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Connecticut Core Standards for English Language Arts & Literacy Systems of Professional Learning Module 1 Grades K–5: Focus on Instructional Shifts Activity 4
Activity 4 • Complex Text and Its Academic Language Page 24
#3 Shift in Academic Language and Complexity Activity 4
Regular Practice with Complex Text and its Academic Language – Why? • Gap between complexity of college and high school texts is huge • Standards include a staircase of increasing text complexity from elementary through high school • Standards focus on building general academic vocabulary so critical to comprehension 0 Activity 4
Text Complexity • Quantitative dimensions of text complexity include analysis of word frequency and sentence length • Qualitative factors include levels of meaning, structure, language conventionality, clarity, and knowledge demands • Reader and Task considerations include students' motivation, knowledge, and background interests Common Core State Standards Initiative (2010) Activity 4
*COMMON CORE STATE STANDARDS FOR ENGLISH, LANGUAGE ARTS, APPENDIX A (ADDITIONAL INFORMATION), NGA AND CCCSO, 2012 Changing Quantitative Complexity to Meet CCR Common Core State Standards For English, Language Arts, Appendix A (Additional Information), Nga and Cccso, 2012 Activity 4
We want every country in the world, whether it is our friend or our enemy, to know that we will do whatever is necessary to make sure that freedom survives in the United States and around the world. Text Complexity Let every nation know, whether it wishes us well or ill, that we shall pay any price, bear any burden, meet any hardship, support any friend, oppose any foe to assure the survival and the success of liberty. Activity 4
Academic Language “Words are not just words. They are the nexus–the interface between communication and thought. When we read, it is through words that we build, refine, and modify our knowledge. What makes vocabulary valuable and important is not the words themselves so much as the understandings.” Adams, 2009, p.180 Activity 4
Tier 1, 2, 3 Tier One Words • Everyday speech • Not considered a challenge to the average native speaker Tier Two Words (general academic words) • More likely to appear in written texts than in speech • Appear in all sorts of texts: informational, technical, and literary • Often highly generalizable Tier Three words (domain-specific words) • Specific to a domain or field of study • Key to understanding a new concept within a text • Often explicitly defined by the author of a text in context or a glossary http://www.corestandards.org/assets/Appendix_A.pdf Activity 4
Academic Vocabulary Tier 2 Tier 3 Important to understanding content and ideas Specific to discipline or content area Bold-faced, defined in context or glossary Recognized as important and reinforced throughout lesson or unit • Important to understanding content and ideas • Not unique to a discipline • Not easily defined by context clues • Powerful because of their applicability to many sorts of reading • Teachers need to be alert to Tier Two words and leverage their use http://www.corestandards.org/ELA-Literacy Activity 4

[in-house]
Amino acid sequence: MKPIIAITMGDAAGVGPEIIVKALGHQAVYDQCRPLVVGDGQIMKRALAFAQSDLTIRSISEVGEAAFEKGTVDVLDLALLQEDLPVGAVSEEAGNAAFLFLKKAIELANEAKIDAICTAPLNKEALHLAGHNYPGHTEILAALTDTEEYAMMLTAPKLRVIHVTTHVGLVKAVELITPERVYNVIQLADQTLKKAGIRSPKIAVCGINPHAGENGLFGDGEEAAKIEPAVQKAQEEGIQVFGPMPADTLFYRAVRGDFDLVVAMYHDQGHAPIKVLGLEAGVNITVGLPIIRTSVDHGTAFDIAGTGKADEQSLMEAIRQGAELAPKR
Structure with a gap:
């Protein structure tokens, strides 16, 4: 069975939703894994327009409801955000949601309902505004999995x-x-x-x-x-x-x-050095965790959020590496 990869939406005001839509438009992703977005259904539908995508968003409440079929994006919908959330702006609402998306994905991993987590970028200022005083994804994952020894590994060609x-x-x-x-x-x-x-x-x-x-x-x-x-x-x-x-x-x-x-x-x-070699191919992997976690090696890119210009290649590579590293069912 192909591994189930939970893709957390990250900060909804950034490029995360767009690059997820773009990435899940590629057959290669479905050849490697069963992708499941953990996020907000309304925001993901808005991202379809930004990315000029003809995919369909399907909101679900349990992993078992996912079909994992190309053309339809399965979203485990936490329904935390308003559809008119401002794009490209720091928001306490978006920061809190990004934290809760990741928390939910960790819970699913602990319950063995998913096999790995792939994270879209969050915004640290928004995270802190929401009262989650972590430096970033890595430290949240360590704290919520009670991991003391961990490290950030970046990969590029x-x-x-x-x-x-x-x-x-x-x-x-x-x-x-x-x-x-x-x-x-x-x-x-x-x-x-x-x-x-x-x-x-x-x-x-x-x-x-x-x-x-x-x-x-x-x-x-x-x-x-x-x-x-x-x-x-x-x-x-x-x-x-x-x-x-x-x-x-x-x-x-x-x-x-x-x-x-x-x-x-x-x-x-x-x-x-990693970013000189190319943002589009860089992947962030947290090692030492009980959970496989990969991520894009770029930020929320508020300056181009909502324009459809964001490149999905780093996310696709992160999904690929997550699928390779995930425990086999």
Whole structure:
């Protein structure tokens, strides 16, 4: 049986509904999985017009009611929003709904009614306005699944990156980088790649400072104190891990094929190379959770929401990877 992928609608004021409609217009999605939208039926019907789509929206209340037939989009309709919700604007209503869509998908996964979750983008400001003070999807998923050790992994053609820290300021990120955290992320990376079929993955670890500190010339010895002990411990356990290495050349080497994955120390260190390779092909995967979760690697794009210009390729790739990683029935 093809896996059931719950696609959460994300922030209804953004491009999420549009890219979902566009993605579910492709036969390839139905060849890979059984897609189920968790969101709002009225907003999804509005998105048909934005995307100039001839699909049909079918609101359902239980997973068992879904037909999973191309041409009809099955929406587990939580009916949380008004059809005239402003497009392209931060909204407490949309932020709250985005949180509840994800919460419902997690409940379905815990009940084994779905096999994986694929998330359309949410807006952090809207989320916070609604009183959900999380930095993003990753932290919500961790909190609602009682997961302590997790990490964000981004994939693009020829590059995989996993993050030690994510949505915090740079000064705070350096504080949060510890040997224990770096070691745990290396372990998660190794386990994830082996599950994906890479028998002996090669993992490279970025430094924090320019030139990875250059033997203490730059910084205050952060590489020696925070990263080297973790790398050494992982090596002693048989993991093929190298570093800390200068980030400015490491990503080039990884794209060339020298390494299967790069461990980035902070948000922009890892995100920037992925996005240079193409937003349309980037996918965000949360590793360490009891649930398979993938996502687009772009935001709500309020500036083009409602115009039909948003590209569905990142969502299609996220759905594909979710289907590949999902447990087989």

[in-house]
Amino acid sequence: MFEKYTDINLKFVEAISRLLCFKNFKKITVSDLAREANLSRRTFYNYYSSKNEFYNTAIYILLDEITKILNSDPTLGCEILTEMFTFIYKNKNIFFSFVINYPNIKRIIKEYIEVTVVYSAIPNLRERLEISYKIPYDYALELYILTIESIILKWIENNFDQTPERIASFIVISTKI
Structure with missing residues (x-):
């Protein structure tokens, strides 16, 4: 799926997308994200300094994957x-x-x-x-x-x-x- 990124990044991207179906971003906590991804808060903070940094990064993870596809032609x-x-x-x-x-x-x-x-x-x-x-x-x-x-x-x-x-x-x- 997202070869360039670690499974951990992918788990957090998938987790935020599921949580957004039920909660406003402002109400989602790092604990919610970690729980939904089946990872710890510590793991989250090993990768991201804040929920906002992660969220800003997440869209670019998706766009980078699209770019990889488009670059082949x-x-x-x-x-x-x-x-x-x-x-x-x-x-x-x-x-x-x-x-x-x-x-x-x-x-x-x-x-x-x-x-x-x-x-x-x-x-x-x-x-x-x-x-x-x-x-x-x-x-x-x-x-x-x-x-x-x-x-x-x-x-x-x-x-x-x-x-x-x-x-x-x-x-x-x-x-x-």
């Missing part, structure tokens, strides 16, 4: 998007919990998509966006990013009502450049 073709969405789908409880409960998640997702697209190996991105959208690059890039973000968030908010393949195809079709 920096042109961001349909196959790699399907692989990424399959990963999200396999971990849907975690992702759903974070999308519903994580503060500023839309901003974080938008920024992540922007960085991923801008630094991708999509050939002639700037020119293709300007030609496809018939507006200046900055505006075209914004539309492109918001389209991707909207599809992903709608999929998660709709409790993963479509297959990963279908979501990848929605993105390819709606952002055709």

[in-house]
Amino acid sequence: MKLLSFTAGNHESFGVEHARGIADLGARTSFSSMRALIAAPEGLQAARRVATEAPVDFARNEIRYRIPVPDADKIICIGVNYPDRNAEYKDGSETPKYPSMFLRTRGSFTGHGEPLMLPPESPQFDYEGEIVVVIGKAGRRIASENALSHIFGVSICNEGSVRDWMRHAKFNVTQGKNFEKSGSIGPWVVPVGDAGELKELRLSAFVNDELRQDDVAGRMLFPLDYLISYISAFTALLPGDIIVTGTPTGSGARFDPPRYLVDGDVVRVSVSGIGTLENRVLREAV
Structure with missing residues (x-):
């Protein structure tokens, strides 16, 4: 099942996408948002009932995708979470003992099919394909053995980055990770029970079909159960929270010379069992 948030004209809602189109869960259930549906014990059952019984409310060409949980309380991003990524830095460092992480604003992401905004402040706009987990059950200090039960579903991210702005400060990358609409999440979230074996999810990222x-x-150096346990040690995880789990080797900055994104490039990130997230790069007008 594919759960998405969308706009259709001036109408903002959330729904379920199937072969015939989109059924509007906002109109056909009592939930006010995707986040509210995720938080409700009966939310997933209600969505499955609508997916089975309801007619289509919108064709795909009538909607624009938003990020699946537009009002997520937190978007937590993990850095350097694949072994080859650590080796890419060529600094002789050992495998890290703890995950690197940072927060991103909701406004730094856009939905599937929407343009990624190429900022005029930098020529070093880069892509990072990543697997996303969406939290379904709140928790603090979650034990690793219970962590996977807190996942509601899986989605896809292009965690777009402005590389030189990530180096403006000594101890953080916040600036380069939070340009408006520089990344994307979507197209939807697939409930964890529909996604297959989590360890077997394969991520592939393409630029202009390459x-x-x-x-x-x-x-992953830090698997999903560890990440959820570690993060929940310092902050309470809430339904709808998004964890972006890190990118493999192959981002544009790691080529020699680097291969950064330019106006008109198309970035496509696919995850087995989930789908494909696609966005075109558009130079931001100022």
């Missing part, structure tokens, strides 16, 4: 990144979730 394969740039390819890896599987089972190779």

Examples from CCS “In early times, no one knew how volcanoes were formed or why they spouted red-hot moltenrock. In modern times, scientists began to study volcanoes. They still don’t know all the answers, but they know much about how a volcano works. Our planet is made up of many layers of rock. The top layers of solid rock are called the crust. Deep beneath the crust is the mantle, where it is so hot that some rock melts. The melted, or molten rock is called magma. Volcanoes are formed when magma pushes its way up through the crack in Earth’s crust. This is called a volcanic eruption. When magma pours forth on the surface, it is called lava.” Excerpt from Seymour Simon, Volcanoes (2006) http://www.corestandards.org/ELA-Literacy Activity 4
Examplesfrom CCS • Critical? • Define in Context? • Provide? “In early times, no one knew how volcanoes were formed or why theyspoutedred-hot moltenrock. In modern times, scientists began to study volcanoes. They still don’t know all the answers, but they know much about how a volcano works. Our planet is made up of many layers of rock. The top layers of solid rock are called the crust. Deep beneath the crust is the mantle, where it is so hot that some rock melts. The melted, or molten rock is called magma. Volcanoes are formed when magma pushes its way up through the crack in Earth’s crust. This is called a volcanic eruption. When magma poursforth on the surface, it is called lava.” Excerpt from Seymour Simon, Volcanoes (2006) http://www.corestandards.org/ELA-Literacy Activity 4
Activity 4: Instructional Shift 3 • http://commoncore.americaachieves.org/module/6 Activity 4
Activity 4: CCS Instructional Shift 3 Activity 4